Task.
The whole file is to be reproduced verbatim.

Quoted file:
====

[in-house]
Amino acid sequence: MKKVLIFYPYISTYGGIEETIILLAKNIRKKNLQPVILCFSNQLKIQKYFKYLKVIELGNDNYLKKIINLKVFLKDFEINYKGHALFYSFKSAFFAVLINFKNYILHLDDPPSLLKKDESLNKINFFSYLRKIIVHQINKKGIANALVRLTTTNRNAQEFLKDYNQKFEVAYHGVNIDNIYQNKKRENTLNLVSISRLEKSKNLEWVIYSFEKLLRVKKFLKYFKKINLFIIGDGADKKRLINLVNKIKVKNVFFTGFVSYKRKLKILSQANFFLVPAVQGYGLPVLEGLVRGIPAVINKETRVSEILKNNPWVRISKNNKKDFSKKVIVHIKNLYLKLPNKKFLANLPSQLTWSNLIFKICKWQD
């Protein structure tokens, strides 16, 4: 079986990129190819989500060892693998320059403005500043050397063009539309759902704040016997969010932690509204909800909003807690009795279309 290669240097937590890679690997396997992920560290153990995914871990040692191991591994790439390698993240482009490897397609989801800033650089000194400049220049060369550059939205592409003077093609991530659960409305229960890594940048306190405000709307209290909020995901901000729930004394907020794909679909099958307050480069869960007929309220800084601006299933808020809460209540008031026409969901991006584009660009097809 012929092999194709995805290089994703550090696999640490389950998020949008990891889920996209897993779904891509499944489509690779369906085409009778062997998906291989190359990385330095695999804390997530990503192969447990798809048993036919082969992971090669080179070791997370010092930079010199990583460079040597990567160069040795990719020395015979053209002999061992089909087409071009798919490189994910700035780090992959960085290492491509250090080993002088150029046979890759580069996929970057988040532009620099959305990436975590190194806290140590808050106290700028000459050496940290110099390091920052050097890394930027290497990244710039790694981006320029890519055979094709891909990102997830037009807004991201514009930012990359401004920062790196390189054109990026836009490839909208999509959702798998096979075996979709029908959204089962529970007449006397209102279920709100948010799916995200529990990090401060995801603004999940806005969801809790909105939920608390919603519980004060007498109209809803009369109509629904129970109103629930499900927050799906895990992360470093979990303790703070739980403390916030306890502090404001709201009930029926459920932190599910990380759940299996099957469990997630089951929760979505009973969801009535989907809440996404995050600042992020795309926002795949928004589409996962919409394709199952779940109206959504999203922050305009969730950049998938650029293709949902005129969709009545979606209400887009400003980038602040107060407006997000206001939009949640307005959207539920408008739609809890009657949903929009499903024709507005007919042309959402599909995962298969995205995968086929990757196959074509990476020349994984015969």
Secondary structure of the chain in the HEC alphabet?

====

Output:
[in-house]
Amino acid sequence: MKKVLIFYPYISTYGGIEETIILLAKNIRKKNLQPVILCFSNQLKIQKYFKYLKVIELGNDNYLKKIINLKVFLKDFEINYKGHALFYSFKSAFFAVLINFKNYILHLDDPPSLLKKDESLNKINFFSYLRKIIVHQINKKGIANALVRLTTTNRNAQEFLKDYNQKFEVAYHGVNIDNIYQNKKRENTLNLVSISRLEKSKNLEWVIYSFEKLLRVKKFLKYFKKINLFIIGDGADKKRLINLVNKIKVKNVFFTGFVSYKRKLKILSQANFFLVPAVQGYGLPVLEGLVRGIPAVINKETRVSEILKNNPWVRISKNNKKDFSKKVIVHIKNLYLKLPNKKFLANLPSQLTWSNLIFKICKWQD
């Protein structure tokens, strides 16, 4: 079986990129190819989500060892693998320059403005500043050397063009539309759902704040016997969010932690509204909800909003807690009795279309 290669240097937590890679690997396997992920560290153990995914871990040692191991591994790439390698993240482009490897397609989801800033650089000194400049220049060369550059939205592409003077093609991530659960409305229960890594940048306190405000709307209290909020995901901000729930004394907020794909679909099958307050480069869960007929309220800084601006299933808020809460209540008031026409969901991006584009660009097809 012929092999194709995805290089994703550090696999640490389950998020949008990891889920996209897993779904891509499944489509690779369906085409009778062997998906291989190359990385330095695999804390997530990503192969447990798809048993036919082969992971090669080179070791997370010092930079010199990583460079040597990567160069040795990719020395015979053209002999061992089909087409071009798919490189994910700035780090992959960085290492491509250090080993002088150029046979890759580069996929970057988040532009620099959305990436975590190194806290140590808050106290700028000459050496940290110099390091920052050097890394930027290497990244710039790694981006320029890519055979094709891909990102997830037009807004991201514009930012990359401004920062790196390189054109990026836009490839909208999509959702798998096979075996979709029908959204089962529970007449006397209102279920709100948010799916995200529990990090401060995801603004999940806005969801809790909105939920608390919603519980004060007498109209809803009369109509629904129970109103629930499900927050799906895990992360470093979990303790703070739980403390916030306890502090404001709201009930029926459920932190599910990380759940299996099957469990997630089951929760979505009973969801009535989907809440996404995050600042992020795309926002795949928004589409996962919409394709199952779940109206959504999203922050305009969730950049998938650029293709949902005129969709009545979606209400887009400003980038602040107060407006997000206001939009949640307005959207539920408008739609809890009657949903929009499903024709507005007919042309959402599909995962298969995205995968086929990757196959074509990476020349994984015969």
Secondary structure of the chain in the HEC alphabet?